The Australian Shepherd, also known as the “Aussie”, is a shepherd dog whose ancestors originate from the Pyrenees! This skilful, energetic dog is the ideal companion for an active and generous owner who lives in the countryside. A medium-sized dog, perfect for families with children, the Australian Shepherd needs a good amount of exercise to thrive.

A Brief History

Contrary to what the name suggests, Australian Shepherds did not originate in Australia: they actually come from the United States! Many theories claim that Australian Shepherds have ancestry in the Basque region of Spain where they were used by shepherds, who then emigrated to the United States. American farmers developed the breed at the start of the 20th century to work as sheepdogs. They were particularly used in the Rocky Mountains, and subsequently bred by breeders in Colorado to attract wealthy shepherds from California.

So, why is this dog breed called the Australian Shepherd and not the American Shepherd? While the facts are unclear, one theory is popular with some specialists, who believe that Australian Shepherd dogs were used to herd flocks of sheep imported from Australia. Others believe the origin of the name has more to do with the dogs' merle colour: many dogs arriving from Australia were blue merle in colour and so the colour, as a whole, came to be associated with the country.

The breed first arrived in the UK in the mid-1980s and has gained popularity for both its qualities as a working dog and as a companion dog for families.

Australian Shepherd Physical Characteristics

Body: The Australian Shepherd is a medium to large-sized dog with a medium build. These dogs very rarely reach a height of 60cm. Slightly longer than they are tall, Australian Shepherds have a well-proportioned musculature. This is a light, agile breed, well-suited to work.

Head: The head is in proportion with the rest of the body. The top of the skull is flat or slightly domed, with a moderate, well-defined stop. Black and blue merle Australian Shepherds have a black nose. Red and red merle Australian Shepherds have a brown nose.

Ears: Triangular in shape, moderate in size, with a slightly rounded tip. The ears droop forward or to one side and are set high on the side of the head. When the dog is alert, the ears are brought forward and held semi-erect.

Eyes: The Australian Shepherd can have either odd-coloured eyes (eyes of different colours) or particoloured eyes (several colours in one eye). The most common eye colours are blue, brown, or amber. The eyes are expressive and almond-shaped.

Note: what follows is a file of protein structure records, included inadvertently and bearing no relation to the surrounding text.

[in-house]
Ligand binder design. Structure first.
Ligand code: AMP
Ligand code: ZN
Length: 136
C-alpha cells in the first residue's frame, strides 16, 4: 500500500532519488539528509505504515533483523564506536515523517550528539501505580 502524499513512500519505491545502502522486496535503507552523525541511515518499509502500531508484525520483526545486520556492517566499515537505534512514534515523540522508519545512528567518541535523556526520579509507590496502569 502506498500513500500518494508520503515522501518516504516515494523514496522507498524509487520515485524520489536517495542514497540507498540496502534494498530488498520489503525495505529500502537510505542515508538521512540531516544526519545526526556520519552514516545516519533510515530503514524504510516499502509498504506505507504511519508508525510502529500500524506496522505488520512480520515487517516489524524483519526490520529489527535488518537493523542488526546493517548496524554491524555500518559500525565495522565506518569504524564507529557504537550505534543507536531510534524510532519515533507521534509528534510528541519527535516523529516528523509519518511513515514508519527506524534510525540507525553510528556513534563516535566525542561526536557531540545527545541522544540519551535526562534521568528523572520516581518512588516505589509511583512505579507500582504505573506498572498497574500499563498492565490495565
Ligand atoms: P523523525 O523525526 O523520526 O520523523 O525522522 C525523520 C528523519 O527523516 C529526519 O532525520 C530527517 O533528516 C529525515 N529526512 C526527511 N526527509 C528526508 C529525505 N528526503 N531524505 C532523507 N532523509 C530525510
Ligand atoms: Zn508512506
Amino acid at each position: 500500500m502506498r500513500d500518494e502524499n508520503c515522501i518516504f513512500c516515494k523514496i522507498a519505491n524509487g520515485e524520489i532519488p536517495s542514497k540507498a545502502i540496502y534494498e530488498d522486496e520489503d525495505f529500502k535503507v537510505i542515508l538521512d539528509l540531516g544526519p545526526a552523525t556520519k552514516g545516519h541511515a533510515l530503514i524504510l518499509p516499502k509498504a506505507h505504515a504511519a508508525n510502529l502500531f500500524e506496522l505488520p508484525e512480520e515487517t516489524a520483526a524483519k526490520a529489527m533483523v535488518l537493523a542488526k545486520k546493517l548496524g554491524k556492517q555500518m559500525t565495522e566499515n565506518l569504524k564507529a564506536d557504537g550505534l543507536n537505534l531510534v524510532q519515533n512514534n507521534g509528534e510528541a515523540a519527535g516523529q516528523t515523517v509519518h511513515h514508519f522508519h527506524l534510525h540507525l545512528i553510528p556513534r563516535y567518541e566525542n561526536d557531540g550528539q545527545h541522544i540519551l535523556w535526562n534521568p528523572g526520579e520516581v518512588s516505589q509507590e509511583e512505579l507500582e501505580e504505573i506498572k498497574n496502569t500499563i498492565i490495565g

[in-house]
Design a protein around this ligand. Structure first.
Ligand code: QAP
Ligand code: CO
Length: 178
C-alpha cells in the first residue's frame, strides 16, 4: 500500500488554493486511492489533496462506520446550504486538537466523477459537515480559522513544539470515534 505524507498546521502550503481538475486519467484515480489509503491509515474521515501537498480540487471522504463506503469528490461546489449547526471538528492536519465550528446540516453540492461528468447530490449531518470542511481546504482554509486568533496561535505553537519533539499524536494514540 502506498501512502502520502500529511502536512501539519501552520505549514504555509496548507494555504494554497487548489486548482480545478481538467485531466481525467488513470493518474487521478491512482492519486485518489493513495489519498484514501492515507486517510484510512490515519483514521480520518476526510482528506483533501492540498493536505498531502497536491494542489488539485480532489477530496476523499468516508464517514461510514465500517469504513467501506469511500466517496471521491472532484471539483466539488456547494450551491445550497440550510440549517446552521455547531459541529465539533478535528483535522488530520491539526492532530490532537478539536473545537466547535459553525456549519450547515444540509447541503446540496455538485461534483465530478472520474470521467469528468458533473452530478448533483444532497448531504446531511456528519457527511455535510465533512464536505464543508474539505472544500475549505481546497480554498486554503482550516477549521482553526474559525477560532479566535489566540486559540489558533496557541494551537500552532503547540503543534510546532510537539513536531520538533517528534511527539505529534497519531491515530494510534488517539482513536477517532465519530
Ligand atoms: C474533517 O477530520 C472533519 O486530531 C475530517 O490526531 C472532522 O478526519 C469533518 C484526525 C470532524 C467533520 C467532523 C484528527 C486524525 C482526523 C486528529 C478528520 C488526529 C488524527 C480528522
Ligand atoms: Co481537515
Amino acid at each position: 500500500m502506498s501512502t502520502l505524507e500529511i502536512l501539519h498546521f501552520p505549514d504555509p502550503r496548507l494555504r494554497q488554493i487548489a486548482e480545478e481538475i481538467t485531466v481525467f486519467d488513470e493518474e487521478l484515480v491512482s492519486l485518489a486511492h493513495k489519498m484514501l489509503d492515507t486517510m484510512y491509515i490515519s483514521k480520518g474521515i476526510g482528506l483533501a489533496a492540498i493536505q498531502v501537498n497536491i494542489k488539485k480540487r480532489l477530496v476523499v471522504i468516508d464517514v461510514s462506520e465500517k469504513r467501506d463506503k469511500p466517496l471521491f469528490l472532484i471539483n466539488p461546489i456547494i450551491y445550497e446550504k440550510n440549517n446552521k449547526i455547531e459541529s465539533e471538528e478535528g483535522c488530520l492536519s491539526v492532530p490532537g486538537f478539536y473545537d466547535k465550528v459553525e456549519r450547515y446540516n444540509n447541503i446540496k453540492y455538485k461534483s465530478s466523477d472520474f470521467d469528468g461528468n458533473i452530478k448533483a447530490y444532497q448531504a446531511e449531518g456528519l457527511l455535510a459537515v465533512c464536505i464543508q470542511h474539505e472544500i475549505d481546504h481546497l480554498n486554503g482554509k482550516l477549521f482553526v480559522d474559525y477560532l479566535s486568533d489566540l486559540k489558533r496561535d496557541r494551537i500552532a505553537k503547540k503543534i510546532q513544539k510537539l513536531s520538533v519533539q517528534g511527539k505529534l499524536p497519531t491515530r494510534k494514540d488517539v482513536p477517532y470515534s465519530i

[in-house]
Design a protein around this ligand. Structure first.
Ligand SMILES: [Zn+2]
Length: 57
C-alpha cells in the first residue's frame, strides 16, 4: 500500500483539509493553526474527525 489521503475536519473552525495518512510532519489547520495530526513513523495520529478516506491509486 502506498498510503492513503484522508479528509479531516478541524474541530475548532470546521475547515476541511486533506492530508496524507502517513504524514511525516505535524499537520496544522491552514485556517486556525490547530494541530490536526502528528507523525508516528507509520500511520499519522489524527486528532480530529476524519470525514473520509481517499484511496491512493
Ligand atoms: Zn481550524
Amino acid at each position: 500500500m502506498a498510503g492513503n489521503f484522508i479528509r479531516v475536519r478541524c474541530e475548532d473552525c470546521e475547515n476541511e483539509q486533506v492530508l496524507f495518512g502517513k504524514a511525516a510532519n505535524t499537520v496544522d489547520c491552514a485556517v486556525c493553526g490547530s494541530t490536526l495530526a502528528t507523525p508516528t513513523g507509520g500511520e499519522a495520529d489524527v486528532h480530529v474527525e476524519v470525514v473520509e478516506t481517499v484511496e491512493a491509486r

Tail: The Australian Shepherd's tail is a moderate length of max 10cm.

Coat: The coat is medium in length, slightly wavy or stiff. The Australian Shepherd also has an undercoat, which varies with the seasons. The coat is quite dense, so these doggies tend to lose quite a lot of hair, especially during their moulting periods in spring and autumn.

Colour: The breed standard accepts several coat colours: blue merle, black, red merle, and red, all with or without tan points. There are several accepted variations within these main colours. Black can be tricolour (black, tan, white), bicolour (black and white, black and tan), or solid black. Red can also be tricolour (red, tan, white), bicolour (red and white, red and tan), or solid red. The same goes for blue merle or red merle, which also have tricolour, bicolour, or solid merle variations.

Australian Shepherd Temperament

Australian Shepherds are very well-behaved, calm, and sociable dogs. They are also very intelligent and loyal - the perfect companion dog! These doggies tend to be lively and are natural leaders. Australian Shepherds have lots of energy to spare, while also being very gentle. They get along wonderfully with children and other pets - provided they have been properly educated when young. It should be noted that, while they can get a little rowdy, they're real softies at heart! Australian Shepherds are not at all aggressive and normally get along very well with their peers.

Although not particularly known for barking, they may use their voice to assert themselves in certain situations. Above all, this is a shepherd dog with a strong instinct for protecting its flock. This pooch is full of curiosity and loves to play, but may be shy in front of strangers. On the other hand, they are particularly effusive and playful with their family. Australian Shepherds are not guard dogs by nature but may take it upon themselves to intervene if they feel their family is in danger. Renowned for their intelligence, these doggies are fast learners, provided they are handled with patience and gentleness.